The Nicomachean Ethics Book 8, Chapter 8 (1159a14-1159b24)
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Book 8, Chapter 8 (1159a14-1159b24)
- People love flattery because they want to feel loved by those who are inferior.
- Being honored by the powerful feels even better, because it's a mark of success.
- There are others who love to be honored by good people. It confirms to them that they're worth loving and honoring, and it fulfills their desire to be loved.
- Friendship, though, is more about loving others than being loved.
- Moms are a good example of this, since they love to love their children, even if their kids are total snots to them. (But seriously, you should call your mom more).
- Loving, then, is a virtue that belongs to friends. And it's through love that equality might be brought to an unequal relationship, if the difference between the two can be made up in love.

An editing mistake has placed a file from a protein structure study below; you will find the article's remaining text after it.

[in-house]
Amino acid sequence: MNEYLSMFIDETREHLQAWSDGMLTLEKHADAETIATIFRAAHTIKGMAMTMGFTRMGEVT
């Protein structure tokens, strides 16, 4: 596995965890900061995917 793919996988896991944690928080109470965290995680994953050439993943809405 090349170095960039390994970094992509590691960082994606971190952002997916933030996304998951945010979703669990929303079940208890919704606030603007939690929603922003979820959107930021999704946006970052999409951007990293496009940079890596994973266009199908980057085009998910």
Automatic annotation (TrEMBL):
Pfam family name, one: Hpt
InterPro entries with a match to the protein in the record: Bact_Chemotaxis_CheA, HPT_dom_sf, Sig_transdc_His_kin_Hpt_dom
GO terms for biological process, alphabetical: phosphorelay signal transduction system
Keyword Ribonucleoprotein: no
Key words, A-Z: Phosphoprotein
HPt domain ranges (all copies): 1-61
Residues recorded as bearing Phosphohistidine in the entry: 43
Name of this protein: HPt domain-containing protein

- This constitutes a likeness in terms of virtue, even if there's little else in common.
- Wicked people can't partake in this benefit. They're changeable in their ways and don't love "friends" for their goodness but only for their utility or ability to amuse.
- Relationships between the wicked often happen between opposites, since they're not really interested in loving the person for something they have in common. It's all about convenience.
- Sometimes, though, opposites attract for a different reason. Maybe each person is aiming for the "middle term" to correct their own dispositions and to stabilize themselves.
- This is why, Aristotle says, an ignorant person will seek out the wise, or the ugly person a beautiful one.